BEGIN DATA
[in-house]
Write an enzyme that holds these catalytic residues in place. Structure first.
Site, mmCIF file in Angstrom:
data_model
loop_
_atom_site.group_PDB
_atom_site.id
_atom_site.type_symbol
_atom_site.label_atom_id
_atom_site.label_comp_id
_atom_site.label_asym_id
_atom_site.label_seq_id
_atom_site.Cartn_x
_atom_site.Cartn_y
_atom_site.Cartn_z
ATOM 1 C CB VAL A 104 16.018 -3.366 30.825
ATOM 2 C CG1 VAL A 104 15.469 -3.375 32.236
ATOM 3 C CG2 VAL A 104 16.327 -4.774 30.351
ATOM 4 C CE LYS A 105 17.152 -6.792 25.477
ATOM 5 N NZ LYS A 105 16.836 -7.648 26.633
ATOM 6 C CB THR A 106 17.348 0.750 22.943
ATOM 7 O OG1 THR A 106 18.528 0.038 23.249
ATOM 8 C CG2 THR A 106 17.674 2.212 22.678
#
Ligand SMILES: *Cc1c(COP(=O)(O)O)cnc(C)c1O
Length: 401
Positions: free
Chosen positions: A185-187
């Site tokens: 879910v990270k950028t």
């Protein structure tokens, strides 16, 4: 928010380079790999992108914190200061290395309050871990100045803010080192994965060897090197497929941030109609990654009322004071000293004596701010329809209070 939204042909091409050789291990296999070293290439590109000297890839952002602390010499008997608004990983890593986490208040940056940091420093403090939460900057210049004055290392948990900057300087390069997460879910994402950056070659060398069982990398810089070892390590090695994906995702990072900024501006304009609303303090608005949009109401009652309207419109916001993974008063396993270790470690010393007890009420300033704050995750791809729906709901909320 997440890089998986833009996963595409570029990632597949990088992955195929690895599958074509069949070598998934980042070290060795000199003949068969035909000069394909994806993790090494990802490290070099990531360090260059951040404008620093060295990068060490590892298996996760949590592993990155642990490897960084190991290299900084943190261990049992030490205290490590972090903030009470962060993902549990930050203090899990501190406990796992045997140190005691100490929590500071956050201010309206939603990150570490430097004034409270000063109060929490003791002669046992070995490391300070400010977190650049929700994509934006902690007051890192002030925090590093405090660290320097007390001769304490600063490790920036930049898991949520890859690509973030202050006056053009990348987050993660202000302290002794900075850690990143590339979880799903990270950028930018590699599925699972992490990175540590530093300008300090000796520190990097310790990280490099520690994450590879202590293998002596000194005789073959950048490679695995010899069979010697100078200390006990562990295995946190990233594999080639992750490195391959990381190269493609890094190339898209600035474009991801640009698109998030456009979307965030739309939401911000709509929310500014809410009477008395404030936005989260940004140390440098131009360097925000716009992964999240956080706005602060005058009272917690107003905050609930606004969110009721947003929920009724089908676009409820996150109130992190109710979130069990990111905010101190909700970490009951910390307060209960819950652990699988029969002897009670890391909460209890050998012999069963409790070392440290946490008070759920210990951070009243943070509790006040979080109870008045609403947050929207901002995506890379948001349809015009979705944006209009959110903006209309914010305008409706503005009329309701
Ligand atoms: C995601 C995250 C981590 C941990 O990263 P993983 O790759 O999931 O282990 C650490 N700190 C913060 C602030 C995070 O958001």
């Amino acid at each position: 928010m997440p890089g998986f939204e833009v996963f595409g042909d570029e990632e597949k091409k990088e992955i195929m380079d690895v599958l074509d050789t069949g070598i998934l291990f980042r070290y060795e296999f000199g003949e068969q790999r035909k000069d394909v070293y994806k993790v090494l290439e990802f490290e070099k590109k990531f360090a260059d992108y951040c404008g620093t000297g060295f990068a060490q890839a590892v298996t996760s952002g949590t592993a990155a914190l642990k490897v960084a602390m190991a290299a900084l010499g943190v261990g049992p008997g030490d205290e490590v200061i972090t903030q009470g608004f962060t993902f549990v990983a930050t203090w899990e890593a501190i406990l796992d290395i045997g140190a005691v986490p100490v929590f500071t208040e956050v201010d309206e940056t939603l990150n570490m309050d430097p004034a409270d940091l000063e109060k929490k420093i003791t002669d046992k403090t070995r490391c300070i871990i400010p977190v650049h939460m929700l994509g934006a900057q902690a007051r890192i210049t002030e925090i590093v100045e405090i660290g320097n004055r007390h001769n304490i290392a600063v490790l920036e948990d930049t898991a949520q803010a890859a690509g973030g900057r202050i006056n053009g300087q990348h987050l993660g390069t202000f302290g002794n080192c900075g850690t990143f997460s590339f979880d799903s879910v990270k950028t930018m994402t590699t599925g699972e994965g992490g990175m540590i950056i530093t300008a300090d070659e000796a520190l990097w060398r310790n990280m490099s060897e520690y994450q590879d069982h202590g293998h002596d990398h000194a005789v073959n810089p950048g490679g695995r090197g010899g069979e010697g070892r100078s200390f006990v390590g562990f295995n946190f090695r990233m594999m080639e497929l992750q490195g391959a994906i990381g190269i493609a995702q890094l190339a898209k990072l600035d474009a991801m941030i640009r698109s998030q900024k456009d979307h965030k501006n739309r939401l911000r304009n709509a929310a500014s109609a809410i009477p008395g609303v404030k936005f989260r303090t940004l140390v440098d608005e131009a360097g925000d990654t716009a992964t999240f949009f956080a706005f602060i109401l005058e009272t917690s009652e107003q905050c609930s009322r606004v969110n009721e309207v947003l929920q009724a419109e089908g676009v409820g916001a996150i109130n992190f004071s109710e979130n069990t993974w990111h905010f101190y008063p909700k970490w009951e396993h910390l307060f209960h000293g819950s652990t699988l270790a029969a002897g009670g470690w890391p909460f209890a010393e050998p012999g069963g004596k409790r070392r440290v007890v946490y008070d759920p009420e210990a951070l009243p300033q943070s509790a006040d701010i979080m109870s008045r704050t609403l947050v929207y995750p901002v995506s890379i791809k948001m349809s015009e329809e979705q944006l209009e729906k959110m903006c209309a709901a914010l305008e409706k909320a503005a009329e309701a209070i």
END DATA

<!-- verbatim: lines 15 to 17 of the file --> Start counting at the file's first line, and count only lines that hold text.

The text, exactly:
_atom_site.Cartn_z
ATOM 1 C CB VAL A 104 16.018 -3.366 30.825
ATOM 2 C CG1 VAL A 104 15.469 -3.375 32.236